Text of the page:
Ever since he trudged off the Meadowlands turf in the aftermath of the Jets’ gut-wrenching 10-7 loss to the Falcons on Sunday -- when the secondary failed to cover future Hall of Fame tight end Tony Gonzalez, leading to his game-winning 6-yard touchdown reception with 1:38 left -- Strickland has been extremely down on himself.
The seventh-year defensive back took all the blame for not guarding Gonzalez on that fateful play and was crushed emotionally, appearing to be in almost a zombie-like state even 24 hours after the brutal defeat.
But with a game on the horizon against the team that selected him in the third round of the 2003 draft and severed ties with him too early in Strickland’s eyes, he’s finally feeling like himself again. He can’t wait for Sunday and the Colts, which will mark the first time he's played his former squad.
“It took me a couple of days to get over that because it was very significant and I felt I lost the game for us, even though one play didn’t lose the game,” Strickland said. “I could’ve helped our defense win the game for us, so I took it very hard on myself and it was just unfortunate that it was coming up right before one of the most anticipated games I’ve been waiting for.”
Rex Ryan knows how much this game means to Strickland, who played two full seasons and part of the 2005 campaign in Indianapolis. So that’s part of the reason Ryan had Strickland’s picture placed on this week’s defensive game plan playbook, which lifted Strickland’s spirits and got him re-motivated to erase the aftertaste of Sunday’s game out of his mouth.
“He’s going to have a huge responsibility in this game,” Ryan said. “Nobody has a perfect game. It’s just that he made a mistake and he took responsibility on the touchdown catch. Trust me, everybody in the game, nobody plays a perfect game, not even [Darrelle] Revis. I think he had one minus. The competitor in him, you love that fighting spirit, that competitive spirit. He doesn’t want to let his team down and I expect him to play a huge game.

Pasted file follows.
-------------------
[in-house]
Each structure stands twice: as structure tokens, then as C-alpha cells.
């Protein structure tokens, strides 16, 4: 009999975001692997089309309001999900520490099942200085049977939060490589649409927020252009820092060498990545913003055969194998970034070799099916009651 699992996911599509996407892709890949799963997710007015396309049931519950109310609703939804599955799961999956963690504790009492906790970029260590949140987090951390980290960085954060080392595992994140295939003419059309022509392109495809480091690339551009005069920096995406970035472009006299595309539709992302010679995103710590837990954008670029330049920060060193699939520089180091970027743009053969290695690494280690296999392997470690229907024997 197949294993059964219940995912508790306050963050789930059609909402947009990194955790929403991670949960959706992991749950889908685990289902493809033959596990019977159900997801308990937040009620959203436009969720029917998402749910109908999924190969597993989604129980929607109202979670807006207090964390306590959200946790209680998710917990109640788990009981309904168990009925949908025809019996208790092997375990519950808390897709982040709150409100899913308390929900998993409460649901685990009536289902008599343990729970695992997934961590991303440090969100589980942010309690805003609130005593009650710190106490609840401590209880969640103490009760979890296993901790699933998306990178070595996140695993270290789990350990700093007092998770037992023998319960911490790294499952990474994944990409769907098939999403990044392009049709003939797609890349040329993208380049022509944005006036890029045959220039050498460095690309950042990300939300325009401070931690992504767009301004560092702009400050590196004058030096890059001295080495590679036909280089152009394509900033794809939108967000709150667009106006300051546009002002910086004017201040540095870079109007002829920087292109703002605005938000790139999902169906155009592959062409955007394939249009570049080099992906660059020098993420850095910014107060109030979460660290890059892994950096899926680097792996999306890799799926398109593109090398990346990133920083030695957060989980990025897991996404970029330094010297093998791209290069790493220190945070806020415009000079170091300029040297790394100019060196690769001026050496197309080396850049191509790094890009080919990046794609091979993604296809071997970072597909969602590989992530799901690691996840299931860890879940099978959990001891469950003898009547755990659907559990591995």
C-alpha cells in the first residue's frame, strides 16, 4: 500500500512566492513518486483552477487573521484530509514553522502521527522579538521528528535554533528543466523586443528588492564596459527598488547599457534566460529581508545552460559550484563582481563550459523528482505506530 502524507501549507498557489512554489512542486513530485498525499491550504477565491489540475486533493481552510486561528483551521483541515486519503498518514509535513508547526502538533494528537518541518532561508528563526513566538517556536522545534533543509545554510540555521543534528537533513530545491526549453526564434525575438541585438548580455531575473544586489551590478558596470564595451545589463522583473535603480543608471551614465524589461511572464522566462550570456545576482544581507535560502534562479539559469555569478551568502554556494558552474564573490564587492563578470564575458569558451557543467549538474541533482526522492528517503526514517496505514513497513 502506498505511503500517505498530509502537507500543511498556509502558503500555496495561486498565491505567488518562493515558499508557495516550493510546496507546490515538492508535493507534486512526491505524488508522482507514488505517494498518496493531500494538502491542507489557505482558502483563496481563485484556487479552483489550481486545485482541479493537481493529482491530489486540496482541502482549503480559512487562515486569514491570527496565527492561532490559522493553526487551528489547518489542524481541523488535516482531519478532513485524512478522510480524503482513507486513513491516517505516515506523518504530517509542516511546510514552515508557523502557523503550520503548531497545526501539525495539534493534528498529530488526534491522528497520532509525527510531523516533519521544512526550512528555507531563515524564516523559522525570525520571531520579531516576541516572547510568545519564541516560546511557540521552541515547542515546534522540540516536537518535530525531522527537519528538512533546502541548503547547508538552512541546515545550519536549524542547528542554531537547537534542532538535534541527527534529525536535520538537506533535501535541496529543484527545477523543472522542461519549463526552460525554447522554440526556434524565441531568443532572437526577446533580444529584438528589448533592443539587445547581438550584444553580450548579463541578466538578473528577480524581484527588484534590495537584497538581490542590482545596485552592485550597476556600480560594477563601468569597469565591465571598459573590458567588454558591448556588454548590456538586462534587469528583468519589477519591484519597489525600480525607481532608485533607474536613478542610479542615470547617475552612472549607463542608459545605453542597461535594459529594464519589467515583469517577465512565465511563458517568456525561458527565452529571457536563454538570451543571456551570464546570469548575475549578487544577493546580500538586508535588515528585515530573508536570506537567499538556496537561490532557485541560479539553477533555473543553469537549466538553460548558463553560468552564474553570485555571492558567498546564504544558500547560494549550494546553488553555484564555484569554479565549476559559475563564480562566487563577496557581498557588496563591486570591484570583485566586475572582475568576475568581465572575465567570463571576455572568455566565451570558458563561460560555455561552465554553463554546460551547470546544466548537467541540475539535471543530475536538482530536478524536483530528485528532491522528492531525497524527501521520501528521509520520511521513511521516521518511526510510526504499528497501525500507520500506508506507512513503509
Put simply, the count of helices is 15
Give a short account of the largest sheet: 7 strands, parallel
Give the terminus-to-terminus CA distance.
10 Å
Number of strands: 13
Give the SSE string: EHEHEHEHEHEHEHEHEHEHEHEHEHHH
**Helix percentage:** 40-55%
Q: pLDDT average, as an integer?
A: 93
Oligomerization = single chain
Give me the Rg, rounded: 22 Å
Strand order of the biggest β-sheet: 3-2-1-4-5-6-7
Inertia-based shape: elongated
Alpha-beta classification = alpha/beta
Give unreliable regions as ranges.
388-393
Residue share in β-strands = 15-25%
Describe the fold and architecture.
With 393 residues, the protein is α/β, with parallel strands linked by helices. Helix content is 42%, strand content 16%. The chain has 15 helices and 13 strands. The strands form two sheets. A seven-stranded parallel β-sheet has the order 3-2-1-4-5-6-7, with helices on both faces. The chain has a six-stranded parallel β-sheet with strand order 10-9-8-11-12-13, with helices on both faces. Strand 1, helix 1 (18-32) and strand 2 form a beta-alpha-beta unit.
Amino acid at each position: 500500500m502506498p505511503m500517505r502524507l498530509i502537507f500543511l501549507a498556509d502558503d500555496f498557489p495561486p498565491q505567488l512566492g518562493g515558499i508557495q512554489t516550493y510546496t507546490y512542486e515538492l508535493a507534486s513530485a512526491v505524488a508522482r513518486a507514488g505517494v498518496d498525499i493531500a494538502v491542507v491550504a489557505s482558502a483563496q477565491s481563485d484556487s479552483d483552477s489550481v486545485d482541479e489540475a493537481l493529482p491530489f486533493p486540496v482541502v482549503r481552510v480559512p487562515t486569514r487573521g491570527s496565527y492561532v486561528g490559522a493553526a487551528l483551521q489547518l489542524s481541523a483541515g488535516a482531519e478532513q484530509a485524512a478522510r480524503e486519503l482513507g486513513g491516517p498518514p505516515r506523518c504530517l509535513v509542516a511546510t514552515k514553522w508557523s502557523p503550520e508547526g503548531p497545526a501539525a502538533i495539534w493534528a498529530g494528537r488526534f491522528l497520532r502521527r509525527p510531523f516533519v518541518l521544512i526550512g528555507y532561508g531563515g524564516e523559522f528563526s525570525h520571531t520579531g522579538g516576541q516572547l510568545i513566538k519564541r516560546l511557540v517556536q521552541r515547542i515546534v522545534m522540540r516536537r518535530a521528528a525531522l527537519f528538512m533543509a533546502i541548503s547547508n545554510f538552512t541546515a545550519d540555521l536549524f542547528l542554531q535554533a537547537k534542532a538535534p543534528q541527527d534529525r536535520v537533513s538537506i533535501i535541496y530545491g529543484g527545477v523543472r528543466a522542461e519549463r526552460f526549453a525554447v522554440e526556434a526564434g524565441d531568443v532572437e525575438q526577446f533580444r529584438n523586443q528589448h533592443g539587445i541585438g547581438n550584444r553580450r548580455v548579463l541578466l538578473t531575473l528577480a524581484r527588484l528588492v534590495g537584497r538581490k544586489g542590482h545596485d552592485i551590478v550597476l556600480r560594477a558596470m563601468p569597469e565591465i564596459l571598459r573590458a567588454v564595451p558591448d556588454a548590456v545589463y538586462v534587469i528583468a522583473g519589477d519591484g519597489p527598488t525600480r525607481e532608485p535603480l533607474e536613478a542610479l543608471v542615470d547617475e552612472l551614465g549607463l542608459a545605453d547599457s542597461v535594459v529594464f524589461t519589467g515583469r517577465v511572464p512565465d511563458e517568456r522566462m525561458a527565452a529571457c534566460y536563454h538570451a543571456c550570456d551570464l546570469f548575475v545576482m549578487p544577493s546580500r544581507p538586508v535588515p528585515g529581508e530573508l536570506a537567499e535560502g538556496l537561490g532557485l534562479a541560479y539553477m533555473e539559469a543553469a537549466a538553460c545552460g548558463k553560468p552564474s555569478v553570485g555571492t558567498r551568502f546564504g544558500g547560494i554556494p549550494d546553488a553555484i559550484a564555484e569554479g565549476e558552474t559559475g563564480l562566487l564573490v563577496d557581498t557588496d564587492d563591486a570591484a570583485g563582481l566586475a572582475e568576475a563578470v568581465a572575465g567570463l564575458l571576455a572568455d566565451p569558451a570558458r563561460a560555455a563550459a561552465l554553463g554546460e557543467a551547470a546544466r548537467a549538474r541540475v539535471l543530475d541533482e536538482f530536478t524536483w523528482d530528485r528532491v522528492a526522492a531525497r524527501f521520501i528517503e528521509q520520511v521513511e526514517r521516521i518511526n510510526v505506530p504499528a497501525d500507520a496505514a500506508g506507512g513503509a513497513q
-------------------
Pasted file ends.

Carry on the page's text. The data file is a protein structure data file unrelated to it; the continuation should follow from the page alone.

“We know he’s got a heck of a responsibility in front of him, but we’re very confident in him.”
Strickland’s tenure in Indianapolis came to end in October of 2005 when he was released. He said it was from a culmination of events, mostly stemming from the way things went down when he was injured. In 2004, his second season with the Colts, he opted to get a second opinion on a shoulder injury and believes that didn’t sit too well with the team’s top executives, who preferred he instead just do rehab so he could come back. But Strickland wound up going on injured reserve in October.
The following season, Strickland tweaked his hamstring the second day of training camp and missed the entire preseason before making it back for the season opener. However, he re-injured the hamstring in the opener. About a month went by and the Colts ended up waiving Strickland, a move that baffled him.
“I didn’t feel like they were very honest as far as telling me what was happening because I approached them and I just wanted to know the situation,” said Strickland, who had to find out the news from his agent. “Be straight up with me and tell me. And I just didn’t feel like I got the answers.”
That was Strickland’s introduction to the business side of the NFL and just one of the reasons he wants to give the undefeated Colts the business.
Said Strickland: “There will be nothing bigger than getting a victory and putting a blemish on their perfect record.”
Strickland still has plenty of friends on the Colts, including Dwight Freeney, Gary Brackett, Reggie Wayne and Robert Mathis. But don’t expect him to be jumping out of his skin, trying to fly around the field and make all the plays against his former teammates.
“I probably made that mistake last game trying to do too much and it cost us the game,” Strickland said. “You have to learn from your mistakes, and just do what I’m capable of, and just play assignment sound and just try to do my responsibililty. That’s all I can do.”
Notes & quotes
The team awards were announced and the Curtis Martin MVP award went to CB Darrelle Revis, who’s having an all-world season. Freeport’s own, LT D’Brickashaw Ferguson, was the recipient of the Marty Lyons award (charity), LB David Harris won the Ed Block courage award (overcoming adversity), James Dearth won the Kyle Clifton award (good guy), and Thomas Jones grabbed the Dennis Byrd award (inspirational) for the second straight season.
The Jets signed S Brannon Condren, who was originally drafted by the Colts in the fourth round in 2007, to the practice squad.